Greener Choices

Ten Things You Can Do to Help the Environment

Samuel Rivera, Reporter

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1. Don’t use straws

After buying a drink at Starbucks or McDonald’s, the next thing you probably do is grab a plastic straw from the restaurant’s dispenser. Unfortunately, disposable straws are not recyclable and get thrown away to sit in a landfill. However, many times these straws end up in the ocean and harm marine life. For example, a video showing a sea turtle in pain with a straw stuck in its nostril has grabbed the attention of millions. Plastic takes centuries to decompose. If you think about it, the first plastic that was invented in 1907 still has not completely decomposed today. Anybody can reduce his/her demand for straws by simply not using a straw or purchasing a reusable one.


2. Recycle electronic waste

       Most people may simply throw away their their dead batteries and old phones or tablets after they stopped working or upgrading to a newer one; where else would they put them? Unfortunately, toxic chemicals such as lead and mercury are inside many of the devices that people use and when that gets thrown away, and those harmful chemicals contaminate not only the soil, but have polluted rivers as well. To avoid this, you could find your nearest location that recycles electronics or properly disposes of them. That can be Waste Management in King City or even the ecoATM’s that are located at the Northridge Mall in Salinas that even pay you a few dollars for disposing your unwanted electronics there.


3. Throw away less food

It’s a shame how much food gets wasted every day since there are millions of people who could use it. However, food that is thrown out and ends up buried in landfills also is a contributing factor to climate change. When organic material decomposes without oxygen (i.e. underground landfills), methane gas is produced and makes its way into the atmosphere. Methane is a greenhouse gas which trap heat in the earth’s atmosphere and currently there is too much being produced by humans. You can reduce your contribution to rapid climate change by throwing out less food and possibly create a compost pile so that your food scraps can decompose with oxygen.


4. Buy used clothing and donate

Did you know that it could take about 1,800 gallons of water to make a typical pair of cotton jeans? Much of the environment depends on people’s buying habits and the more that people spend on new clothes, the more that will be produced, and the more resources will be used. You could help make this issue less serious by donating your clothing instead of throwing it away and buying donated clothing at your nearest Goodwill or thrift store. The less new clothing people buy, the less resources will be used to make new clothes.


5. Consume less meat

Americans eat massive amounts of meat compared to the rest of the world. Unfortunately, meat production uses a lot of resources and produces large amounts of greenhouse gases such as methane. One pound of beef is estimated to cost 2,400 gallons of water from what livestock drinks and the water used to grow cow feed. Buying less meat would reduce the demand for livestock and therefore reduce the amount of water used in the meat industry. Not only is eating less meat better for the environment, but healthier as well if substituted with more fruits and vegetables.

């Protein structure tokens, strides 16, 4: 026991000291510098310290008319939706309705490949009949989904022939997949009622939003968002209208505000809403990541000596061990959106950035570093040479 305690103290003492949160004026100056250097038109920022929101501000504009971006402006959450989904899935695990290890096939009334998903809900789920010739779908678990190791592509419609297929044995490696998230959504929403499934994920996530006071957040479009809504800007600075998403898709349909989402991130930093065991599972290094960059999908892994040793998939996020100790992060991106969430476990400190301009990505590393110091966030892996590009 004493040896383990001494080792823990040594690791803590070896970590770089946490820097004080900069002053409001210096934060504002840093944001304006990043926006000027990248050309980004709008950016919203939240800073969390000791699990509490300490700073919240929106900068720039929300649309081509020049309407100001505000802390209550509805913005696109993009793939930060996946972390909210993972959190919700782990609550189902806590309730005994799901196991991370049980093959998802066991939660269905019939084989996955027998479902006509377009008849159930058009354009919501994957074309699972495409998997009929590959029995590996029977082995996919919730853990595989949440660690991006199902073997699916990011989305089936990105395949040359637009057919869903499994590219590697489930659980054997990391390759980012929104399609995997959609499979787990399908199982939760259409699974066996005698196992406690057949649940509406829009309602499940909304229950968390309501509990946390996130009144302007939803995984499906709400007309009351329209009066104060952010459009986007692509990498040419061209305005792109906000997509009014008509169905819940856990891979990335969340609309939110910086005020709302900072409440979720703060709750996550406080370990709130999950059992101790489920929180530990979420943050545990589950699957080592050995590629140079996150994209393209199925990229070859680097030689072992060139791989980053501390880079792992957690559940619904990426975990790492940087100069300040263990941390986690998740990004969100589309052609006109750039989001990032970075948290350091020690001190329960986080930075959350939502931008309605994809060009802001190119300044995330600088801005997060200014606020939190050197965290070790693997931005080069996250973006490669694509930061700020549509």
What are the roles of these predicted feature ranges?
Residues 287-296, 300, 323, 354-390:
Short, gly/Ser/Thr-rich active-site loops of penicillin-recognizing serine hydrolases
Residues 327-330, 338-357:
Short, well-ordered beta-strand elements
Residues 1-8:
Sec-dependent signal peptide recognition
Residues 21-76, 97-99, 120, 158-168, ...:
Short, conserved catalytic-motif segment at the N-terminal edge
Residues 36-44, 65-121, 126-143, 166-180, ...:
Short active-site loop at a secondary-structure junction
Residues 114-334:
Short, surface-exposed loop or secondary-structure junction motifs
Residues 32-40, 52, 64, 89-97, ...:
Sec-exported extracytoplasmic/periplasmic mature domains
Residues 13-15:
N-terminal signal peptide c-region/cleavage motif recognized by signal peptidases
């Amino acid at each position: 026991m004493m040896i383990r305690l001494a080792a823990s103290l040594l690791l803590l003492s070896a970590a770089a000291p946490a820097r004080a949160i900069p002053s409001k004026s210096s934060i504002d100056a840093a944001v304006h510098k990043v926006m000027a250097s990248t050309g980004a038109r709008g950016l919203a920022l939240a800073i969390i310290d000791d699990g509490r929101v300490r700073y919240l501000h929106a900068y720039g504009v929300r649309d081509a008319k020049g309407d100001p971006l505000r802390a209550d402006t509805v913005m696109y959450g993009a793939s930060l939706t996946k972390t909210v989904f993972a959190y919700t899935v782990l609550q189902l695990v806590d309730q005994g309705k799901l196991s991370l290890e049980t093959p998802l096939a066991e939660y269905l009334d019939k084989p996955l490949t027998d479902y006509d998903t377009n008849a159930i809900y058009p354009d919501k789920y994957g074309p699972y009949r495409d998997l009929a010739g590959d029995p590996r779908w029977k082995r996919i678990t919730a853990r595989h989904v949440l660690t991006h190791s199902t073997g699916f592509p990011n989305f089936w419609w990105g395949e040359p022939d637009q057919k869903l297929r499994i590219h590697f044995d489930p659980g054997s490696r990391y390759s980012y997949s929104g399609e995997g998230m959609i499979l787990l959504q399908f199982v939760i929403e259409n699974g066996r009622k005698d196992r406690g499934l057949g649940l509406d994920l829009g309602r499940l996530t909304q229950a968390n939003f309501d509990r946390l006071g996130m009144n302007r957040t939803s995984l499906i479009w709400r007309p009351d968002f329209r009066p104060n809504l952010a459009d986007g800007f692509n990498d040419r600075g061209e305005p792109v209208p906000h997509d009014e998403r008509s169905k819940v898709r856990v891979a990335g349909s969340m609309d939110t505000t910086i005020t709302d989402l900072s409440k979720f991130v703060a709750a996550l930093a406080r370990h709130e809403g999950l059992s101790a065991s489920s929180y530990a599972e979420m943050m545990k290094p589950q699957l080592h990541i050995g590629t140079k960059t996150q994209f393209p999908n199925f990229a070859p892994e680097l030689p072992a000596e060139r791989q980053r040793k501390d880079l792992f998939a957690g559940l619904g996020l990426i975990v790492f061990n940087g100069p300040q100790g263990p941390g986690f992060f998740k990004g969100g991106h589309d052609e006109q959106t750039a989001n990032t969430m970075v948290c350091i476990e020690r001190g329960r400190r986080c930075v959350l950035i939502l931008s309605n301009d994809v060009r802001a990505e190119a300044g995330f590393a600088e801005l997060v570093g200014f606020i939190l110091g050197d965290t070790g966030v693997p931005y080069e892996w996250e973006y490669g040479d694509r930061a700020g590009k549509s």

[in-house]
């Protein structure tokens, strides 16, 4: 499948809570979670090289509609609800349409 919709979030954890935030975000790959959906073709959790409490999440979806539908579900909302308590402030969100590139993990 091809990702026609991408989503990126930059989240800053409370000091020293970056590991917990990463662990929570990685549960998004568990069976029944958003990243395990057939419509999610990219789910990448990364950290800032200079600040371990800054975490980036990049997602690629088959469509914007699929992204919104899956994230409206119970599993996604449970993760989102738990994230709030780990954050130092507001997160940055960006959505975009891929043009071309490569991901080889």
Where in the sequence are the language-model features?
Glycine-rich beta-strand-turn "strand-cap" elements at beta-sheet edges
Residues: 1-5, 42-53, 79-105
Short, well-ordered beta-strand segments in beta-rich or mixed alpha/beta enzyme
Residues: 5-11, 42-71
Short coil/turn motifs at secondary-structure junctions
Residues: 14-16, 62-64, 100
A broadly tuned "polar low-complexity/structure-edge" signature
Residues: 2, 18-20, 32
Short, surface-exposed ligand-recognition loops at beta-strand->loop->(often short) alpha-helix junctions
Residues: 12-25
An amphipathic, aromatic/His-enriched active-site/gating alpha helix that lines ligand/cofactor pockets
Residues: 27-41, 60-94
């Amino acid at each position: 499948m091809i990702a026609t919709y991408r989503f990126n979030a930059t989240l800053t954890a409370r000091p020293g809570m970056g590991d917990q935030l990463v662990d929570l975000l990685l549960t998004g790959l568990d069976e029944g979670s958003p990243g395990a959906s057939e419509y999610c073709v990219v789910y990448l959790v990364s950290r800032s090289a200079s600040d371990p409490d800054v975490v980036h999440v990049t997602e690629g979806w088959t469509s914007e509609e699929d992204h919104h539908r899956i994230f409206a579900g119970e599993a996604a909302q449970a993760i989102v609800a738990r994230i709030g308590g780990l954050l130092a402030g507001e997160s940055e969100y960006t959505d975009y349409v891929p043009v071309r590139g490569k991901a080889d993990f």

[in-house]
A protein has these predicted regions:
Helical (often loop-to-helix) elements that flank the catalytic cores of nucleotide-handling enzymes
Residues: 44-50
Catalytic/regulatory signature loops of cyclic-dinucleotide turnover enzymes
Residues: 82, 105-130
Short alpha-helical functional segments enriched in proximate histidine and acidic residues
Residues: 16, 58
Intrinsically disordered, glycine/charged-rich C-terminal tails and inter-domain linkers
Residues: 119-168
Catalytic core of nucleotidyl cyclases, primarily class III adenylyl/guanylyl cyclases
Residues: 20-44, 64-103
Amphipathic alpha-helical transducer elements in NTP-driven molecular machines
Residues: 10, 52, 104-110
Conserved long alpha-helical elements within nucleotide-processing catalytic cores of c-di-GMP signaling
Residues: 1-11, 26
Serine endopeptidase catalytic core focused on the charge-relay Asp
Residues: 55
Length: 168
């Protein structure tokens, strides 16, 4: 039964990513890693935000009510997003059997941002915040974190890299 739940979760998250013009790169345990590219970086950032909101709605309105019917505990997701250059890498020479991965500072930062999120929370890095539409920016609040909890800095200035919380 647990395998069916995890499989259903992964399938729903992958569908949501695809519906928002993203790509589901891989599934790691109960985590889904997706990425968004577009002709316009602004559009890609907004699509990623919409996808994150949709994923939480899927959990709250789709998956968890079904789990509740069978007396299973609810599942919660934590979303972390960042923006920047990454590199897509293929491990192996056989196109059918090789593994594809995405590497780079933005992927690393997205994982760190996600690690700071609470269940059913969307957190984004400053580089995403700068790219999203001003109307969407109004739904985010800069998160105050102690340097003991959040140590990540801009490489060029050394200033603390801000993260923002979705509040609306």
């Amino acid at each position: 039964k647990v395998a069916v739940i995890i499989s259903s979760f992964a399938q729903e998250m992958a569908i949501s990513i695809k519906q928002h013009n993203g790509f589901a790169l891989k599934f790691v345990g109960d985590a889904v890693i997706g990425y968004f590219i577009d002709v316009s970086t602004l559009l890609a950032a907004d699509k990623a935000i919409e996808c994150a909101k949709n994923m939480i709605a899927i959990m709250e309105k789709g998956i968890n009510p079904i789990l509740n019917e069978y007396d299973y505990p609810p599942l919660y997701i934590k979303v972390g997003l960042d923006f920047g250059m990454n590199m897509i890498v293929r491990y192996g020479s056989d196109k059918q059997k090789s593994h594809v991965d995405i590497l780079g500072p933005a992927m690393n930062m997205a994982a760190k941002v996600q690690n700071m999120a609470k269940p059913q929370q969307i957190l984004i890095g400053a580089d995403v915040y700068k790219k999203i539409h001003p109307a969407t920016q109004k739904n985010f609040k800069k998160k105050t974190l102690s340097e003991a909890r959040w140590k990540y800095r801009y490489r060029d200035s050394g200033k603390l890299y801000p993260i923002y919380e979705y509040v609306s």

6. Don’t flush “flushable” wipes

Do not be fooled by the label on the package! The name “flushable” wipes merely means that they these alternatives to toilet paper can go down the toilet. However, unlike toilet paper, wipes do not breakdown and many times create clogs in the the sewer systems of cities all over the world. In order to remove these clogs in sewers, cities must pay massive amounts of money just because people mistakenly think that “flushable” wipes are okay to flush.


7. Avoid bottled soap

You have likely heard to stop using plastic, single-use water bottles and to start using a reusable one. Well the same could apply for plastic soap bottles. To reduce the amount of plastic you or your family uses, you could start using bars of soap which leave nothing behind except the recyclable cardboard box it came in.


8. Carpool and use public transportation

A contributor to climate change, and therefore many of the environmental damages it causes, is transportation. One way to reduce our greenhouse gas emissions is by carpooling or taking the bus. For example, four coworkers would burn less gasoline and reduce their damage to the atmosphere if they were to all drive together in one car instead of taking four separate vehicles to work. Not only does this reduce carbon emissions, a greenhouse gas, but it would also save you gas money if you were to divide the costs among your carpool.


9. Shop online

Online shopping can be a great way to reduce the amount of carbon dioxide that is emitted into the atmosphere. For example, instead of 20 people from a neighborhood driving to a store to buy whatever they need, one vehicle can deliver the orders of these 20 people and burn much less gas than 20 separate vehicles. However, you should refrain from the fast shipping option when you shop online when it’s not necessary since delivery vehicles do not fill up their entire space with packages since they are being rushed. By buying online and allowing delivery trucks to take their time and fill their vehicles, people can reduce their carbon footprint.


10. Double-check expiration dates

This relates back to trying to waste less food. Many people throw out food after noticing that it is passed the expiration date. However, it is important to note that the expiration date is not 100% accurate. Sellers merely estimate when their products will no longer taste as good and make a guess to when their food will expire. So next time your milk is spoiled according to the date on the gallon, double check to make sure.